Liverpool tortured takeover battle ends

LONDON - Liverpool's tortured takeover battle ended on Friday with the owners of Major League Baseball's Boston Red Sox completing their 300 million pounds purchase of the Premier League club.

New England Sports Ventures (NESV) said the deal, welcomed by jubilant fans but dismissed as an "epic swindle" and "organised conspiracy" by ousted co-owners George Gillett and Tom Hicks, had eliminated all of the acquisition debt placed on the club by the American pair.

In what could be a major boost for the struggling Merseyside team's embattled manager Roy Hodgson, the new owners added that the club's debt servicing obligations had been slashed from between 25 and 30 million pounds a year to two to three.

"As any Liverpool fan knows, the most nerve-racking way to win is the penalty shootout," chairman Martin Broughton told a throng of reporters gathered outside the headquarters of a London law firm as he announced the change of ownership.

"But in the end, as long as you get the right result, it's worth the wait. We got the right result," added Broughton, who will stay on to oversee the transition.

However, Liverpool still face the prospect of a protracted legal battle after lawyers for Hicks and Gillett vowed to fight on "with all of their legal energies" in a claim for damages of $1.6 billion.

They also said they intended to return to the London High Court as part of that bid, with some analysts suggesting the legal battle could go on for years.

"Frankly, I think it's the beginning of a long book, rather than a final chapter," said Rick Horrow, a sports lecturer at Harvard Law School.


The day had started with a breakthrough in Texas, where a judge lifted a restraining order that had prevented NESV from going ahead with the deal on Thursday.

It ended with new owner John W Henry declaring himself proud and humbled with his purchase, telling the fans what they wanted to hear.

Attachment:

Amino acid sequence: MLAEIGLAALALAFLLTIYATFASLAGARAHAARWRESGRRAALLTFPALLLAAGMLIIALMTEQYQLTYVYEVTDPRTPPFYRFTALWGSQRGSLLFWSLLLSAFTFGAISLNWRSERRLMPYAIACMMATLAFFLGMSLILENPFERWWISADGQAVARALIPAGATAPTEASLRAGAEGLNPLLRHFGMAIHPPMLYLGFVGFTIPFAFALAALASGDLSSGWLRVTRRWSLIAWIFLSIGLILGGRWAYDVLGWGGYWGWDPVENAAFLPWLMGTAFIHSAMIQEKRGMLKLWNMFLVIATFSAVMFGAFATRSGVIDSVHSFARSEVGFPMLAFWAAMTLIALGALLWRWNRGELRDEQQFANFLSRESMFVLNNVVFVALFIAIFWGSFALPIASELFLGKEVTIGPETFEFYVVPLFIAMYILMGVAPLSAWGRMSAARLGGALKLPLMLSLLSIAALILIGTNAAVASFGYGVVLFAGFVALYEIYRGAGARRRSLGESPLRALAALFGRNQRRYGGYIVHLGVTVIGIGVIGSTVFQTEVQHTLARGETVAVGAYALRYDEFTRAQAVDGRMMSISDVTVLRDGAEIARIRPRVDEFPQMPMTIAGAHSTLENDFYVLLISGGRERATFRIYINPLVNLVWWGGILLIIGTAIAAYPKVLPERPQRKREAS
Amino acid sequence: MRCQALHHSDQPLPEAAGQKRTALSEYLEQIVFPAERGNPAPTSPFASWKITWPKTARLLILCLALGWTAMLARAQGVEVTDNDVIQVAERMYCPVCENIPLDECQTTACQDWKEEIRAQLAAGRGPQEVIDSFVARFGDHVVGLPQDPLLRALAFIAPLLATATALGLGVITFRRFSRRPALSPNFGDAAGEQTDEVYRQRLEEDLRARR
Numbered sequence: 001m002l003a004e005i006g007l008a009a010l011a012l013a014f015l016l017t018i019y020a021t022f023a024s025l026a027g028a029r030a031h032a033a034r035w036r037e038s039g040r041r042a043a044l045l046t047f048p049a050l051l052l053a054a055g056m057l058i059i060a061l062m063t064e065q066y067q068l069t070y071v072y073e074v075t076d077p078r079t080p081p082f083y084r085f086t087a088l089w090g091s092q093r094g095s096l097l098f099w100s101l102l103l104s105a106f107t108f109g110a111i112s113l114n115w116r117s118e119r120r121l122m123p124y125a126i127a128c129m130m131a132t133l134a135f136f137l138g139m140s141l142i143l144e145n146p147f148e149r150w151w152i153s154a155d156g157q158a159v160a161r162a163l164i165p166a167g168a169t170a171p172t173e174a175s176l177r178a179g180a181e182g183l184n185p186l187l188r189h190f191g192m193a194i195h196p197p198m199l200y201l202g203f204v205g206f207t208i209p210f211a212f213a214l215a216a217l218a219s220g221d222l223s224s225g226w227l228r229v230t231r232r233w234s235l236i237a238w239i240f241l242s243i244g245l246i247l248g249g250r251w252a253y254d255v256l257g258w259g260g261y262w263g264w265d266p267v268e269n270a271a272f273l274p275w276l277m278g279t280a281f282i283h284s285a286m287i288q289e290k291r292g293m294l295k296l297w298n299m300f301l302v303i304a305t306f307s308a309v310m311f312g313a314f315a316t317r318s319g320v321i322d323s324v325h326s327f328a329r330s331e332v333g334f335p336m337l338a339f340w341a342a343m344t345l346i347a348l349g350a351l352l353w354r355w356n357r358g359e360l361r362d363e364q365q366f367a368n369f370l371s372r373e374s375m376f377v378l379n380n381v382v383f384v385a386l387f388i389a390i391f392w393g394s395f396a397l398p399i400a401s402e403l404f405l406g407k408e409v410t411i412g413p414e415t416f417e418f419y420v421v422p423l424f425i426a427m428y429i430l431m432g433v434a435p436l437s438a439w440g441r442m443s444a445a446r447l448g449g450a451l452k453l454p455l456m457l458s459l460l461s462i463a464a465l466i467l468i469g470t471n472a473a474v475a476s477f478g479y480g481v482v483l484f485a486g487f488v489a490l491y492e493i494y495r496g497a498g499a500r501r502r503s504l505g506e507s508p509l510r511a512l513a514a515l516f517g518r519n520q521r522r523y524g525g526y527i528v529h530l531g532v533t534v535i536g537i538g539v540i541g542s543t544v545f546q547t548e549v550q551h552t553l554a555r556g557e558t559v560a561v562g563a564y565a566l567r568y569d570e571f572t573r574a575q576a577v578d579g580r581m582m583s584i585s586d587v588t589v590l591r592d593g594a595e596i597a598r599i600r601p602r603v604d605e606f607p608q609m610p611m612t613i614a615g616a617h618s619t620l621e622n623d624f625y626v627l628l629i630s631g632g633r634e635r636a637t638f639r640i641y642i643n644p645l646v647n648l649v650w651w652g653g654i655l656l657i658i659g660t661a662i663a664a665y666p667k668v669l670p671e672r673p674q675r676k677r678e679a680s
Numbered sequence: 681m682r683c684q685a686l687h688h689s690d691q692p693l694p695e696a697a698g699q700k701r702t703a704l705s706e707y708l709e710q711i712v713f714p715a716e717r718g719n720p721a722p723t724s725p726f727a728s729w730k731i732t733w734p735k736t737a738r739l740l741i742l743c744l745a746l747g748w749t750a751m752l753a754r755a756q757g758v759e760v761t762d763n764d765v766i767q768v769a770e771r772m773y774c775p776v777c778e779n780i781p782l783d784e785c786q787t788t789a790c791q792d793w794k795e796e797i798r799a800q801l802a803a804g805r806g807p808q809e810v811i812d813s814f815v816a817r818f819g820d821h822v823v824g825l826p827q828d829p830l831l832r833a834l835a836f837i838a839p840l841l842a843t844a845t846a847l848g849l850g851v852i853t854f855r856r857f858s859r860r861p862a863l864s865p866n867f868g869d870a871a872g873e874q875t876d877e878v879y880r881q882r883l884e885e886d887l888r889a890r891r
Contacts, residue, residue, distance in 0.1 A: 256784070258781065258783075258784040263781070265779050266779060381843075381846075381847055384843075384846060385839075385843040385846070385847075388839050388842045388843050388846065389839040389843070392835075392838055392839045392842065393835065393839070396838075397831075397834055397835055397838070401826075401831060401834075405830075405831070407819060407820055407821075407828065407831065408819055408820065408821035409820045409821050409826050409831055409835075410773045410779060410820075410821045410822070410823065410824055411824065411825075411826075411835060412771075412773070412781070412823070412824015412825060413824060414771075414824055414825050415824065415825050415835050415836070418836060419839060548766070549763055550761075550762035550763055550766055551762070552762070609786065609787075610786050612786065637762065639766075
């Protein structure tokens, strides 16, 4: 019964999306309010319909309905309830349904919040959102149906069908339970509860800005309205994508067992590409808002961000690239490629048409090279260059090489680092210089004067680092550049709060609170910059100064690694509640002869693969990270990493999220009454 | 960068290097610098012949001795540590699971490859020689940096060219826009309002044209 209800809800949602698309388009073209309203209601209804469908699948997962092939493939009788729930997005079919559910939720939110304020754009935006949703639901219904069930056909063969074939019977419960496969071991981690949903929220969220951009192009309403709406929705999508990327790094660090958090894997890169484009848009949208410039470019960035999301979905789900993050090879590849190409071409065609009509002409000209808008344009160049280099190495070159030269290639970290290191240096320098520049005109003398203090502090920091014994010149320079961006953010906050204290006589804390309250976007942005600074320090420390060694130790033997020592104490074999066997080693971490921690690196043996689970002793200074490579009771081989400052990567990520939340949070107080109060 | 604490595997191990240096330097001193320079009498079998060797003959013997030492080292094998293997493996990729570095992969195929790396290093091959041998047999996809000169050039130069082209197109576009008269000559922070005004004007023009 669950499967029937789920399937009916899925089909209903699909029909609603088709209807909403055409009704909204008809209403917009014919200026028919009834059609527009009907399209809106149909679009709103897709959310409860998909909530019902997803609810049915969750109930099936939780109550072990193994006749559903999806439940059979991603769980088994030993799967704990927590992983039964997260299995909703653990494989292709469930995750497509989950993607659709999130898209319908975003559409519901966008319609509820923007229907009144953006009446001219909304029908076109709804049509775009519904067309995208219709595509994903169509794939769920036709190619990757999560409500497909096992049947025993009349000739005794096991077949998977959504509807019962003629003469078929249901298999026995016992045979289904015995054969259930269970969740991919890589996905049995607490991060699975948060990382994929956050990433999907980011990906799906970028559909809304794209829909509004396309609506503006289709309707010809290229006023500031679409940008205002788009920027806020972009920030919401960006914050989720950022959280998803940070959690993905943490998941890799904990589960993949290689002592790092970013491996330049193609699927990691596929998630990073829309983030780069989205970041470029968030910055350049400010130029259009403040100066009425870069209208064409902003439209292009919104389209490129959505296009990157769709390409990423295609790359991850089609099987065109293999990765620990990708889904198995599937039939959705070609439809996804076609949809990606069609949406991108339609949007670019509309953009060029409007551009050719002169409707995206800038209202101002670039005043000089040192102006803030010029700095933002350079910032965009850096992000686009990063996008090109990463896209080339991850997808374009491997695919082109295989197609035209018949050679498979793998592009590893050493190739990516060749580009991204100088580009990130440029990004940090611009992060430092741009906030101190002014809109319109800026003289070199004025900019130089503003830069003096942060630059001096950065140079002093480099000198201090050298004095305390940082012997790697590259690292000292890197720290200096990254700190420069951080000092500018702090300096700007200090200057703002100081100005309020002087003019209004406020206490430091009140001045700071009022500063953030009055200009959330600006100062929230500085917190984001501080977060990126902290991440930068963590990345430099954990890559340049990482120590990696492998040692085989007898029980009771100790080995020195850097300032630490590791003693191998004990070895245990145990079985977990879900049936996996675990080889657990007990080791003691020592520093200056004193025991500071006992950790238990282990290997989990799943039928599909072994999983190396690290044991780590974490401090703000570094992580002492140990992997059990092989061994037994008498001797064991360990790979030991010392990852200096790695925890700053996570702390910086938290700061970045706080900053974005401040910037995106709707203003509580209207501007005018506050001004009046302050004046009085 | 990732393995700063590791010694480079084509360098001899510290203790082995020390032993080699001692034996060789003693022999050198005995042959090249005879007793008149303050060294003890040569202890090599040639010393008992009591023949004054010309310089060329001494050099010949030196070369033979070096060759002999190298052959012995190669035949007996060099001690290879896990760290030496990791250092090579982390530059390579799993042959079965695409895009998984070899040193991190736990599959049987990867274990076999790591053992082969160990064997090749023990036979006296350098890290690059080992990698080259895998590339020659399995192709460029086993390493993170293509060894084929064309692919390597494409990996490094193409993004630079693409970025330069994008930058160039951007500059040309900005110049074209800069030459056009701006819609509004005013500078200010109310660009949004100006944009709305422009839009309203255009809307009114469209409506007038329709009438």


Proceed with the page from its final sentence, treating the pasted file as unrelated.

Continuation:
"We regard our role as that of stewards for the club with a primary focus on returning the club to greatness on and off the field for the long-term," he said.

"We are committed first and foremost to winning. We have a history of winning, and today we want (Liverpool) supporters to know that this approach is what we intend to bring to this great club."

Liverpool, the five-times European champions, are one of England's greatest clubs with a brand of global stature despite their last league title coming 20 years ago.

However, they have had a nightmare start to the season and are currently 18th in the 20-strong Premier League with just six points from their opening seven matches.

Speaking before the deal was confirmed, Hodgson said a cloud had been lifted.

"It's a very good day for the club," he told a packed news conference at the club's training ground. "It's a relief... it has been a very difficult couple of weeks... We've had to live through that bad time."


Friday's outcome, desired by so many Liverpool fans, will be especially welcome ahead of Sunday's local derby away to Everton, a hugely imp